A national network of funders supporting strategic, innovative, and effective solutions to homelessness

Philanthropy Cannot “Fill the Gaps” During Government Shutdown

Whenever there is a reduction in government funding, it is often assumed that the private sector can step up and fill in the gaps. This government shutdown is no exception.

Without a hint of when the government will reopen, philanthropy has, and will be asked even more as this continues, to invest additional resources to sustain their communities, but this isn’t a long-term solution to a political crisis. Philanthropy cannot replace the role of government in providing long-term basic needs and funding for emergencies should be used for things like natural disasters. It is not strategic, effective, or sustainable to ask philanthropy to use resources that could be better spent on long-term solutions or innovation, for man-made crisis that can be resolved. The only solution is to reopen our government to provide much needed funding for affordable housing and homelessness programs, as well as to reinstate pay for government contractors who may live paycheck to paycheck.

On behalf of philanthropy, Funders Together to End Homelessness is committed to working with our national partners to stress the importance of reopening the government and passing a budget that will protect people at risk of and currently experiencing homelessness. Funders Together has signed on to the following press release urging the Administration and Congress to work in alignment in order end the shutdown and its harmful effects on individuals and families.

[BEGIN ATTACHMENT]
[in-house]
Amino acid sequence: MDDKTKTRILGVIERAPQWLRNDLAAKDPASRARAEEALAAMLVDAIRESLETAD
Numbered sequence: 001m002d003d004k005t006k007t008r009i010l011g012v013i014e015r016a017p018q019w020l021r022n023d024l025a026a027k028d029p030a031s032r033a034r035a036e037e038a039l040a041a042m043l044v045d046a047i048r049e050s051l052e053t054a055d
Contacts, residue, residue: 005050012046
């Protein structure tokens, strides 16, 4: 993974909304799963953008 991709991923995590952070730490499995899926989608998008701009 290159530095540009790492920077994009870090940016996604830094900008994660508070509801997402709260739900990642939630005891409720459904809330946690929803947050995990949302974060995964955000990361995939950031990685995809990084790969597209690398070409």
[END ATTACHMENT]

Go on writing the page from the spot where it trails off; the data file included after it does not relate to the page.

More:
Read the full press release below. This release was originally published January 9, 2019 on the National Low Income Housing Coalition’s website here.

Affordable Housing Leaders Demand End to the Government Shutdown & Passage of Full-Year Spending Bills

A coalition of more than 70 national organizations tell the Administration & Congress that people with the lowest incomes will be hit hardest if the shutdown continues.

Washington, DC - Members of the Campaign for Housing and Community Development Funding(CHCDF) sent a letter to congressional leaders today calling on them to protect low-income Americans by ending the government shutdown and passing full-year spending bills that provide strong funding for affordable housing and community development programs.

CHCDF, a coalition led by the National Low Income Housing Coalition, expressed strong concern for the shutdown’s immediate and long-term impacts on affordable housing programs and the low-income people they serve. The letter also called out the shutdown’s impact on the housing stability of low-wage government contractors, like janitors, security guards, and cafeteria servers, who often live paycheck-to-paycheck. These individuals working without pay are at risk of being unable to cover their rent payments, putting them at risk of eviction.